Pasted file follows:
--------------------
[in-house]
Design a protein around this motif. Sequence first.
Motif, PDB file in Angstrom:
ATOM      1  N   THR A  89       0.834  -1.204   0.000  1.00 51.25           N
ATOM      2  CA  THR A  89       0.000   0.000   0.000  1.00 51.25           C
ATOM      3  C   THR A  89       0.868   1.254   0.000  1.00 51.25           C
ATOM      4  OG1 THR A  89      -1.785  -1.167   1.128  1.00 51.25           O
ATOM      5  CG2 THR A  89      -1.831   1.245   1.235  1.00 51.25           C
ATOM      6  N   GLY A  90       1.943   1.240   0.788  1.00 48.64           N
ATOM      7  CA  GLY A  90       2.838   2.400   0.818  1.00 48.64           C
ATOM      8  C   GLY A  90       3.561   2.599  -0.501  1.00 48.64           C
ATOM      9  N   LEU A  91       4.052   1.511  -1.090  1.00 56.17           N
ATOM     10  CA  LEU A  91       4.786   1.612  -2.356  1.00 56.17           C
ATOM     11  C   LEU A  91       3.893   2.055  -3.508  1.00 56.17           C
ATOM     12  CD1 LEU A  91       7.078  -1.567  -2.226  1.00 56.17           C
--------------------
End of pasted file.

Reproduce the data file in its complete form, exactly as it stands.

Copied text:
[in-house]
Design a protein around this motif. Sequence first.
Motif, PDB file in Angstrom:
ATOM      1  N   THR A  89       0.834  -1.204   0.000  1.00 51.25           N
ATOM      2  CA  THR A  89       0.000   0.000   0.000  1.00 51.25           C
ATOM      3  C   THR A  89       0.868   1.254   0.000  1.00 51.25           C
ATOM      4  OG1 THR A  89      -1.785  -1.167   1.128  1.00 51.25           O
ATOM      5  CG2 THR A  89      -1.831   1.245   1.235  1.00 51.25           C
ATOM      6  N   GLY A  90       1.943   1.240   0.788  1.00 48.64           N
ATOM      7  CA  GLY A  90       2.838   2.400   0.818  1.00 48.64           C
ATOM      8  C   GLY A  90       3.561   2.599  -0.501  1.00 48.64           C
ATOM      9  N   LEU A  91       4.052   1.511  -1.090  1.00 56.17           N
ATOM     10  CA  LEU A  91       4.786   1.612  -2.356  1.00 56.17           C
ATOM     11  C   LEU A  91       3.893   2.055  -3.508  1.00 56.17           C
ATOM     12  CD1 LEU A  91       7.078  -1.567  -2.226  1.00 56.17           C